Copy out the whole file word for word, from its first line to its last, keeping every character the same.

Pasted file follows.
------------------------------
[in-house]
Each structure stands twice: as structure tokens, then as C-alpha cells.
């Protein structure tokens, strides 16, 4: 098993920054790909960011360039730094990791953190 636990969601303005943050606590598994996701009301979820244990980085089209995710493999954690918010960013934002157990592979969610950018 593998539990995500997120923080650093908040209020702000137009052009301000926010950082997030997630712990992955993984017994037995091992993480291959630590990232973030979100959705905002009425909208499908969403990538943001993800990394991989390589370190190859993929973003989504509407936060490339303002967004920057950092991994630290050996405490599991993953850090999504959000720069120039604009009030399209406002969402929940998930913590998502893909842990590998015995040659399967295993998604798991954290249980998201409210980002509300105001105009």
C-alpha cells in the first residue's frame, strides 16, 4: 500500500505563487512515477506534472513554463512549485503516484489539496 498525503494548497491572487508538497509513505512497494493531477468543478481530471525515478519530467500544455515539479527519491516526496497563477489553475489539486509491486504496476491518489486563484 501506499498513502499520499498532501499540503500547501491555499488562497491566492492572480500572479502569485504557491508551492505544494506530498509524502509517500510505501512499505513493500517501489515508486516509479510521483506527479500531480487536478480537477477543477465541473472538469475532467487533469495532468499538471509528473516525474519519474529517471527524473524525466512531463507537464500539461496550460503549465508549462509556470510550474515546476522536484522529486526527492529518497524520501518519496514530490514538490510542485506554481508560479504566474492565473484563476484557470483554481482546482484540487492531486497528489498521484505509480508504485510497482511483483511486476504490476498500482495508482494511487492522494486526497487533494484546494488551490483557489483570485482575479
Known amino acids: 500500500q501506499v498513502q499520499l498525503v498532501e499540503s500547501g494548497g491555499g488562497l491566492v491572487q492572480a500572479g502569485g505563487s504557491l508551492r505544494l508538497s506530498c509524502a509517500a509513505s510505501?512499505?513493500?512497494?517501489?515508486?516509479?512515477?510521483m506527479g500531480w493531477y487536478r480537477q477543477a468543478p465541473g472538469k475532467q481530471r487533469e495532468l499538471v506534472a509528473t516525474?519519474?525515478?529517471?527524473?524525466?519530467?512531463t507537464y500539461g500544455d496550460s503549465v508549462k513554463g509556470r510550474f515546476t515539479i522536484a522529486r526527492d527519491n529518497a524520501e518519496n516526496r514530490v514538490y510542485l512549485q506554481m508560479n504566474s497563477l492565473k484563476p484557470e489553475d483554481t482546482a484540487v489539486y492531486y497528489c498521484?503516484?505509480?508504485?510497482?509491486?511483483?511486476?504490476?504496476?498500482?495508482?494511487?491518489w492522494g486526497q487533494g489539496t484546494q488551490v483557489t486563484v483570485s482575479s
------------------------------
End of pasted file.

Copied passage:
[in-house]
Each structure stands twice: as structure tokens, then as C-alpha cells.
């Protein structure tokens, strides 16, 4: 098993920054790909960011360039730094990791953190 636990969601303005943050606590598994996701009301979820244990980085089209995710493999954690918010960013934002157990592979969610950018 593998539990995500997120923080650093908040209020702000137009052009301000926010950082997030997630712990992955993984017994037995091992993480291959630590990232973030979100959705905002009425909208499908969403990538943001993800990394991989390589370190190859993929973003989504509407936060490339303002967004920057950092991994630290050996405490599991993953850090999504959000720069120039604009009030399209406002969402929940998930913590998502893909842990590998015995040659399967295993998604798991954290249980998201409210980002509300105001105009």
C-alpha cells in the first residue's frame, strides 16, 4: 500500500505563487512515477506534472513554463512549485503516484489539496 498525503494548497491572487508538497509513505512497494493531477468543478481530471525515478519530467500544455515539479527519491516526496497563477489553475489539486509491486504496476491518489486563484 501506499498513502499520499498532501499540503500547501491555499488562497491566492492572480500572479502569485504557491508551492505544494506530498509524502509517500510505501512499505513493500517501489515508486516509479510521483506527479500531480487536478480537477477543477465541473472538469475532467487533469495532468499538471509528473516525474519519474529517471527524473524525466512531463507537464500539461496550460503549465508549462509556470510550474515546476522536484522529486526527492529518497524520501518519496514530490514538490510542485506554481508560479504566474492565473484563476484557470483554481482546482484540487492531486497528489498521484505509480508504485510497482511483483511486476504490476498500482495508482494511487492522494486526497487533494484546494488551490483557489483570485482575479
Known amino acids: 500500500q501506499v498513502q499520499l498525503v498532501e499540503s500547501g494548497g491555499g488562497l491566492v491572487q492572480a500572479g502569485g505563487s504557491l508551492r505544494l508538497s506530498c509524502a509517500a509513505s510505501?512499505?513493500?512497494?517501489?515508486?516509479?512515477?510521483m506527479g500531480w493531477y487536478r480537477q477543477a468543478p465541473g472538469k475532467q481530471r487533469e495532468l499538471v506534472a509528473t516525474?519519474?525515478?529517471?527524473?524525466?519530467?512531463t507537464y500539461g500544455d496550460s503549465v508549462k513554463g509556470r510550474f515546476t515539479i522536484a522529486r526527492d527519491n529518497a524520501e518519496n516526496r514530490v514538490y510542485l512549485q506554481m508560479n504566474s497563477l492565473k484563476p484557470e489553475d483554481t482546482a484540487v489539486y492531486y497528489c498521484?503516484?505509480?508504485?510497482?509491486?511483483?511486476?504490476?504496476?498500482?495508482?494511487?491518489w492522494g486526497q487533494g489539496t484546494q488551490v483557489t486563484v483570485s482575479s